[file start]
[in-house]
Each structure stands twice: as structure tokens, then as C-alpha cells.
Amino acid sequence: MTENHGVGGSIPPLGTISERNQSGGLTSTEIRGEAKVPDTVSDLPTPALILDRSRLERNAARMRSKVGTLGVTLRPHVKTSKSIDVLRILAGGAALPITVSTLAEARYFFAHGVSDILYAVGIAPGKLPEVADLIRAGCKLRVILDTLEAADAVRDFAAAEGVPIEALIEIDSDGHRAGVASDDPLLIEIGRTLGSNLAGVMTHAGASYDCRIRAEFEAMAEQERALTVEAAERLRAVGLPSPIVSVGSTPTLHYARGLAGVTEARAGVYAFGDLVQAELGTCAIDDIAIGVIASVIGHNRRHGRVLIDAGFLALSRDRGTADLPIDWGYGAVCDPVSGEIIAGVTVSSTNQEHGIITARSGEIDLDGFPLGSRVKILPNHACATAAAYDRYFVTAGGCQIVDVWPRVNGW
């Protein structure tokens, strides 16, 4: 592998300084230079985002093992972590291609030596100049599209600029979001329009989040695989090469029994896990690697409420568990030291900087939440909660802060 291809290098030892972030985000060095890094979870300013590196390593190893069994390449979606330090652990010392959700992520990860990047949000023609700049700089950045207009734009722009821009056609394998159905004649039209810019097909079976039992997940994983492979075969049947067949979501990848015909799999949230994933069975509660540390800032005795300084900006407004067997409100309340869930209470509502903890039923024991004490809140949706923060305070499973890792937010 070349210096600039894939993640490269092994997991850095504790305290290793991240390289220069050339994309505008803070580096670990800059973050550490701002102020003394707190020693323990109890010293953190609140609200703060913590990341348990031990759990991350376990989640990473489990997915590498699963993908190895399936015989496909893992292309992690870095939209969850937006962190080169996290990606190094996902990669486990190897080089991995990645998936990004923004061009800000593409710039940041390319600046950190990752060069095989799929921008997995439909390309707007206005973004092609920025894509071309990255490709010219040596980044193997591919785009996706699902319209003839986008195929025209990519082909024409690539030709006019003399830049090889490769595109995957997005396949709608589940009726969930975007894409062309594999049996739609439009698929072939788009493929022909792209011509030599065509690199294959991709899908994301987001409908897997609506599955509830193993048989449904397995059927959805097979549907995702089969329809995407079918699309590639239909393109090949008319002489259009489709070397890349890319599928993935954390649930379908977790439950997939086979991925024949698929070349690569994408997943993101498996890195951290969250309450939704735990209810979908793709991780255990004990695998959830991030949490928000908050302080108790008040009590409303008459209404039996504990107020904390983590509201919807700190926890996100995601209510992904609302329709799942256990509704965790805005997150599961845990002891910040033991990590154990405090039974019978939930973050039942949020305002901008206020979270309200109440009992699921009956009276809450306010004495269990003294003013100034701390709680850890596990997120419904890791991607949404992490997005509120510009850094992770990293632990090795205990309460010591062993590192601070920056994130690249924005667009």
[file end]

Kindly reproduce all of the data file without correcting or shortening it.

[in-house]
Each structure stands twice: as structure tokens, then as C-alpha cells.
Amino acid sequence: MTENHGVGGSIPPLGTISERNQSGGLTSTEIRGEAKVPDTVSDLPTPALILDRSRLERNAARMRSKVGTLGVTLRPHVKTSKSIDVLRILAGGAALPITVSTLAEARYFFAHGVSDILYAVGIAPGKLPEVADLIRAGCKLRVILDTLEAADAVRDFAAAEGVPIEALIEIDSDGHRAGVASDDPLLIEIGRTLGSNLAGVMTHAGASYDCRIRAEFEAMAEQERALTVEAAERLRAVGLPSPIVSVGSTPTLHYARGLAGVTEARAGVYAFGDLVQAELGTCAIDDIAIGVIASVIGHNRRHGRVLIDAGFLALSRDRGTADLPIDWGYGAVCDPVSGEIIAGVTVSSTNQEHGIITARSGEIDLDGFPLGSRVKILPNHACATAAAYDRYFVTAGGCQIVDVWPRVNGW
């Protein structure tokens, strides 16, 4: 592998300084230079985002093992972590291609030596100049599209600029979001329009989040695989090469029994896990690697409420568990030291900087939440909660802060 291809290098030892972030985000060095890094979870300013590196390593190893069994390449979606330090652990010392959700992520990860990047949000023609700049700089950045207009734009722009821009056609394998159905004649039209810019097909079976039992997940994983492979075969049947067949979501990848015909799999949230994933069975509660540390800032005795300084900006407004067997409100309340869930209470509502903890039923024991004490809140949706923060305070499973890792937010 070349210096600039894939993640490269092994997991850095504790305290290793991240390289220069050339994309505008803070580096670990800059973050550490701002102020003394707190020693323990109890010293953190609140609200703060913590990341348990031990759990991350376990989640990473489990997915590498699963993908190895399936015989496909893992292309992690870095939209969850937006962190080169996290990606190094996902990669486990190897080089991995990645998936990004923004061009800000593409710039940041390319600046950190990752060069095989799929921008997995439909390309707007206005973004092609920025894509071309990255490709010219040596980044193997591919785009996706699902319209003839986008195929025209990519082909024409690539030709006019003399830049090889490769595109995957997005396949709608589940009726969930975007894409062309594999049996739609439009698929072939788009493929022909792209011509030599065509690199294959991709899908994301987001409908897997609506599955509830193993048989449904397995059927959805097979549907995702089969329809995407079918699309590639239909393109090949008319002489259009489709070397890349890319599928993935954390649930379908977790439950997939086979991925024949698929070349690569994408997943993101498996890195951290969250309450939704735990209810979908793709991780255990004990695998959830991030949490928000908050302080108790008040009590409303008459209404039996504990107020904390983590509201919807700190926890996100995601209510992904609302329709799942256990509704965790805005997150599961845990002891910040033991990590154990405090039974019978939930973050039942949020305002901008206020979270309200109440009992699921009956009276809450306010004495269990003294003013100034701390709680850890596990997120419904890791991607949404992490997005509120510009850094992770990293632990090795205990309460010591062993590192601070920056994130690249924005667009």